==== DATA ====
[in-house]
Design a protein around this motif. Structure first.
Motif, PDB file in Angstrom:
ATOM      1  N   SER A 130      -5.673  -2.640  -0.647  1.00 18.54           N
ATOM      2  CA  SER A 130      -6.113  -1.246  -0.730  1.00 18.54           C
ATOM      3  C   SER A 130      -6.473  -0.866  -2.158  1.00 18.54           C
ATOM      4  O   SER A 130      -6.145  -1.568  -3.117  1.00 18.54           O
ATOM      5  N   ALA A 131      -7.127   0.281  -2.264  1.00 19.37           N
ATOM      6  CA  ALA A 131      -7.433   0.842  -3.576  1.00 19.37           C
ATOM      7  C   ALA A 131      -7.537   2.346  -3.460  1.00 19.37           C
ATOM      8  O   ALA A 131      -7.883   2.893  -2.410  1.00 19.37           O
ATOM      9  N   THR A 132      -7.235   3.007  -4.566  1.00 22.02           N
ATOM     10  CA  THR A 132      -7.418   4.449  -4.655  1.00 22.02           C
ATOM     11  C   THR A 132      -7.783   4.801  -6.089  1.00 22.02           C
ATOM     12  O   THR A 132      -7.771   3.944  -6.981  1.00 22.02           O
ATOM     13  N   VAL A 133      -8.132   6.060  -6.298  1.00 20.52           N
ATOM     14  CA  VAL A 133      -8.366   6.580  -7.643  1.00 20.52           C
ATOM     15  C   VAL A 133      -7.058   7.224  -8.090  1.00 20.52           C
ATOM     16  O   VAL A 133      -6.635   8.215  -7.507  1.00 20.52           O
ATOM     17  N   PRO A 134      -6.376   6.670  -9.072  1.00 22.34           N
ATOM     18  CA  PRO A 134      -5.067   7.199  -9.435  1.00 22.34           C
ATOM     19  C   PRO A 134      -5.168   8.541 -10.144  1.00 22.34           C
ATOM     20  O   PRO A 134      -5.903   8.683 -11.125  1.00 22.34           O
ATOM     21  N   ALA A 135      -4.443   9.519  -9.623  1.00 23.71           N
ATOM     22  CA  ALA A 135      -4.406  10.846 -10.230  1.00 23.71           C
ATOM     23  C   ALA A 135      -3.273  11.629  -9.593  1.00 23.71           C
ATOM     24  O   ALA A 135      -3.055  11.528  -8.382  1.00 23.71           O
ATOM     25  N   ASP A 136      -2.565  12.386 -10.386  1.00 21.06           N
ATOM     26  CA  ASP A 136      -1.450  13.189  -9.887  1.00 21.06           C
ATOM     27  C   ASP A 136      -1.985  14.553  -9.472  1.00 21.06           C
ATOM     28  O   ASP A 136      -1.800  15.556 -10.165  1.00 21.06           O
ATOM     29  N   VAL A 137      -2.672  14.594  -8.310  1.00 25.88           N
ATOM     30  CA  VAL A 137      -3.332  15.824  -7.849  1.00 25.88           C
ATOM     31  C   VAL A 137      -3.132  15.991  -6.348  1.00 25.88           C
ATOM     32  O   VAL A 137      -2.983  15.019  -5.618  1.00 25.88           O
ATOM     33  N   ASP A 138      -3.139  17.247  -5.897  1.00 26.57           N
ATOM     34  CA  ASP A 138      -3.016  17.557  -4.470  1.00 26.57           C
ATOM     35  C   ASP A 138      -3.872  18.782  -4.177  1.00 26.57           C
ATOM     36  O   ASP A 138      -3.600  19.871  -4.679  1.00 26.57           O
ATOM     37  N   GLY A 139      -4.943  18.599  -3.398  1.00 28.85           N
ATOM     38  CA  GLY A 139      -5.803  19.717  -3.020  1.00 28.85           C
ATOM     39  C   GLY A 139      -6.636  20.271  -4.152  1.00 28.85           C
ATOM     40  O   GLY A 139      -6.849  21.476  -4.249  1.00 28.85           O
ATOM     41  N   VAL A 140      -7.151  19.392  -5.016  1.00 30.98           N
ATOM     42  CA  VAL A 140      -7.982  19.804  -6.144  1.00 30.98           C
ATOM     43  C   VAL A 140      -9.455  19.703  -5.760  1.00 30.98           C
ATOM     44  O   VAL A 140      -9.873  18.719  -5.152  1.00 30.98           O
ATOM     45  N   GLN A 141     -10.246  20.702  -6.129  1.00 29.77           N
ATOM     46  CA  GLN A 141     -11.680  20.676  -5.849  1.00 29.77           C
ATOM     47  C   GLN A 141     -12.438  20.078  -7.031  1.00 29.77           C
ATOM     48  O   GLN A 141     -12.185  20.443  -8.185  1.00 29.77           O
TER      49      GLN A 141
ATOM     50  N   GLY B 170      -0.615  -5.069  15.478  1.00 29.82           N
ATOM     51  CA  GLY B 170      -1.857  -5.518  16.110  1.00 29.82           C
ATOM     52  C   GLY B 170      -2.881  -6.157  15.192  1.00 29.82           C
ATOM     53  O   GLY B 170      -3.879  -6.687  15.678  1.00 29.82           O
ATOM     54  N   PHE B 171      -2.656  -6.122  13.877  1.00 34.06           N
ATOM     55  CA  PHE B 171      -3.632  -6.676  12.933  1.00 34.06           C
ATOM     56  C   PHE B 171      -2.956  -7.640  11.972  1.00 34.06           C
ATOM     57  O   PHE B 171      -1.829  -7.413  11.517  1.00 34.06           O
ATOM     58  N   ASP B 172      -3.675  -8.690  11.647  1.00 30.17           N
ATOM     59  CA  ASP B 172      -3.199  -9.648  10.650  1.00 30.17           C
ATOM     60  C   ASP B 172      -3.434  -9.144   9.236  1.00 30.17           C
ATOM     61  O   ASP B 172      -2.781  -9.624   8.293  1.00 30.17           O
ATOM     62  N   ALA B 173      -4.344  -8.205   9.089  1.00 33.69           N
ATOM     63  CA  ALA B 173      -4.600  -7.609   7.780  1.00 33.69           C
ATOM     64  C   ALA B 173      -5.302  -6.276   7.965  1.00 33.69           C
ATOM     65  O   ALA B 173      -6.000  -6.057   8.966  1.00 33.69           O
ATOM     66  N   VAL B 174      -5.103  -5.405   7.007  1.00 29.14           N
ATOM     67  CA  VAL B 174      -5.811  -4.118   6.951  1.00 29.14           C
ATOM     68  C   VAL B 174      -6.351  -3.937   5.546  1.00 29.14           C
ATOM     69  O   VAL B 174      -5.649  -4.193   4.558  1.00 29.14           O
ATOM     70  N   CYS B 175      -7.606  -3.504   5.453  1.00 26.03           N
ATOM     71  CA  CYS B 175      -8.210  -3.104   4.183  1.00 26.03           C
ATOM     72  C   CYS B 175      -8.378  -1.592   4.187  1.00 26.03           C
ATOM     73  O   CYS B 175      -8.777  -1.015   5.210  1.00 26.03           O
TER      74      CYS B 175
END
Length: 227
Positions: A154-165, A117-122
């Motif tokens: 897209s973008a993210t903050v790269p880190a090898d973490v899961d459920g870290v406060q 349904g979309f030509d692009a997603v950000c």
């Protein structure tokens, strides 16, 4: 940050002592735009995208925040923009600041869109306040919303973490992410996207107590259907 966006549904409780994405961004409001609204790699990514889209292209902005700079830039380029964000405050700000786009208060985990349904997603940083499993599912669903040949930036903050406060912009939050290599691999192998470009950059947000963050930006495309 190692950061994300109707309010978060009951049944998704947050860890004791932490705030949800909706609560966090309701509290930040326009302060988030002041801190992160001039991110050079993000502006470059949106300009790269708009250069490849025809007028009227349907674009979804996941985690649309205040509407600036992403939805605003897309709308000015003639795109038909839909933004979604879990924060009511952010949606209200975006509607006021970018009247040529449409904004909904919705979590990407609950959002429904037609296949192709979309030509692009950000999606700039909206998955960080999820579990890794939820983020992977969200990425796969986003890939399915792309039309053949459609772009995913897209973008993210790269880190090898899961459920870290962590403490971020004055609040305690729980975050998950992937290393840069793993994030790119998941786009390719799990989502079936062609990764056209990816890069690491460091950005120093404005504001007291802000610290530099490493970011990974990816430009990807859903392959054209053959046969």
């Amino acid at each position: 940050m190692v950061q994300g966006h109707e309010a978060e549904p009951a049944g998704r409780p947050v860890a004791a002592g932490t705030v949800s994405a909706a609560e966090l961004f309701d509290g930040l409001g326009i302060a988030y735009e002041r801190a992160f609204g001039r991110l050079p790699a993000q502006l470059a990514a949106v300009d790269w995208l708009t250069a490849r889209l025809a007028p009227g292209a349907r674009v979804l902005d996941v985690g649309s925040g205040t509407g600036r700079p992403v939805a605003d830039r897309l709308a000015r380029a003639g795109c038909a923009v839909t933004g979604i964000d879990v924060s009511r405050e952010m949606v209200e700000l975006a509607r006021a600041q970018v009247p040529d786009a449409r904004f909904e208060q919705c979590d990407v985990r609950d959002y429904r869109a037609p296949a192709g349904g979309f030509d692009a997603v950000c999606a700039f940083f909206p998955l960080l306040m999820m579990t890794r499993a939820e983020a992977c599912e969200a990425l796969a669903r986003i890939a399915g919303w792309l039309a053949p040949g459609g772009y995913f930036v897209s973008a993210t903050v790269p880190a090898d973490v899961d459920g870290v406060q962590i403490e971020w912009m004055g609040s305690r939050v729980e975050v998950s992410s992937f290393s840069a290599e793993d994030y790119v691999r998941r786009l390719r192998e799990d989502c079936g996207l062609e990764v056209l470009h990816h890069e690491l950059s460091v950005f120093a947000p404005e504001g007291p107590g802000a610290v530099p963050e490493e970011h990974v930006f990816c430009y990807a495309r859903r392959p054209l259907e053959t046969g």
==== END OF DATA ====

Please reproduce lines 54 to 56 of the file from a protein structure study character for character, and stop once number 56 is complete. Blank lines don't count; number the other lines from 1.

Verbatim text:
ATOM     51  CA  GLY B 170      -1.857  -5.518  16.110  1.00 29.82           C
ATOM     52  C   GLY B 170      -2.881  -6.157  15.192  1.00 29.82           C
ATOM     53  O   GLY B 170      -3.879  -6.687  15.678  1.00 29.82           O